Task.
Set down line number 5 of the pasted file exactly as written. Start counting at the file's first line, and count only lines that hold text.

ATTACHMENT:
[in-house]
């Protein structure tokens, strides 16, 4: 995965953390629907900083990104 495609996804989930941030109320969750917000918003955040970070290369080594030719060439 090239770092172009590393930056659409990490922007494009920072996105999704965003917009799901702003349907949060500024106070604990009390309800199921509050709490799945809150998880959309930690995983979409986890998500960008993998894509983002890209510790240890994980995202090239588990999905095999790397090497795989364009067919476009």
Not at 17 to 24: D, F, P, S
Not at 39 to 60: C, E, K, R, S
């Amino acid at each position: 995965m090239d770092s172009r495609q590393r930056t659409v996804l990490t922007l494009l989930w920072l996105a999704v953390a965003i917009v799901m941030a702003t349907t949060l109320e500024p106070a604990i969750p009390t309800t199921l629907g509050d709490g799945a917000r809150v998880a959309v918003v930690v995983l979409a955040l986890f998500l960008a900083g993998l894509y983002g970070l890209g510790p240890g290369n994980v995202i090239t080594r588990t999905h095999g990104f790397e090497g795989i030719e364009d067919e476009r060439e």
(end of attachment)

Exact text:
């Amino acid at each position: 995965m090239d770092s172009r495609q590393r930056t659409v996804l990490t922007l494009l989930w920072l996105a999704v953390a965003i917009v799901m941030a702003t349907t949060l109320e500024p106070a604990i969750p009390t309800t199921l629907g509050d709490g799945a917000r809150v998880a959309v918003v930690v995983l979409a955040l986890f998500l960008a900083g993998l894509y983002g970070l890209g510790p240890g290369n994980v995202i090239t080594r588990t999905h095999g990104f790397e090497g795989i030719e364009d067919e476009r060439e």